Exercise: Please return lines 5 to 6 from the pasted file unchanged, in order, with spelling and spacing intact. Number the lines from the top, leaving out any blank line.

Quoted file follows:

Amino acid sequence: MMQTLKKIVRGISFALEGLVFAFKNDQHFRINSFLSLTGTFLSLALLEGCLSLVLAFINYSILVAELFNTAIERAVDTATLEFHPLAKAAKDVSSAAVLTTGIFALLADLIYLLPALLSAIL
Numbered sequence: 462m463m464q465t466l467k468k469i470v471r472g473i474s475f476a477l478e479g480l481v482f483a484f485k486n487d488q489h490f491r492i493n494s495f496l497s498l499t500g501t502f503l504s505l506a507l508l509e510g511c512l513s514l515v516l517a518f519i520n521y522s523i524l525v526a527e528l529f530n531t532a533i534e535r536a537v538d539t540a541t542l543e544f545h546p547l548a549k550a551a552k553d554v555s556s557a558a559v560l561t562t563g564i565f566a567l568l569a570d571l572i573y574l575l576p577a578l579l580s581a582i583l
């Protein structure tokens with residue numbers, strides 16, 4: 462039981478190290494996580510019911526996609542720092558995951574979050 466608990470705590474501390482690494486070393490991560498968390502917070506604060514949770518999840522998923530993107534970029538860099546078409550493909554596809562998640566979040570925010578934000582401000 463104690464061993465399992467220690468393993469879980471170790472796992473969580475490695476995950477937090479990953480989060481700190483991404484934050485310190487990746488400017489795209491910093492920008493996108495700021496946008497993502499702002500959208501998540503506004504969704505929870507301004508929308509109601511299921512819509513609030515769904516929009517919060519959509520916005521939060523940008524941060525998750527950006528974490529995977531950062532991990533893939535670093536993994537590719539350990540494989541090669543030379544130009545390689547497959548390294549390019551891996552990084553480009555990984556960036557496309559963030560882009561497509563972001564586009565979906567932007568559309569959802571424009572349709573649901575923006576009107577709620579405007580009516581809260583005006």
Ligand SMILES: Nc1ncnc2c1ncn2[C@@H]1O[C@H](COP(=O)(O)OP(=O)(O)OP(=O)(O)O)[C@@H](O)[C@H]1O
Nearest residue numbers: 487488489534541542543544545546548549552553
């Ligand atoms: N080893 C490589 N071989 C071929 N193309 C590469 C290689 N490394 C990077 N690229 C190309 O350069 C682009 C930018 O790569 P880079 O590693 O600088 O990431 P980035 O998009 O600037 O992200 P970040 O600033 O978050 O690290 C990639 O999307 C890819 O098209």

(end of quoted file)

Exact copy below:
Nearest residue numbers: 487488489534541542543544545546548549552553
């Ligand atoms: N080893 C490589 N071989 C071929 N193309 C590469 C290689 N490394 C990077 N690229 C190309 O350069 C682009 C930018 O790569 P880079 O590693 O600088 O990431 P980035 O998009 O600037 O992200 P970040 O600033 O978050 O690290 C990639 O999307 C890819 O098209």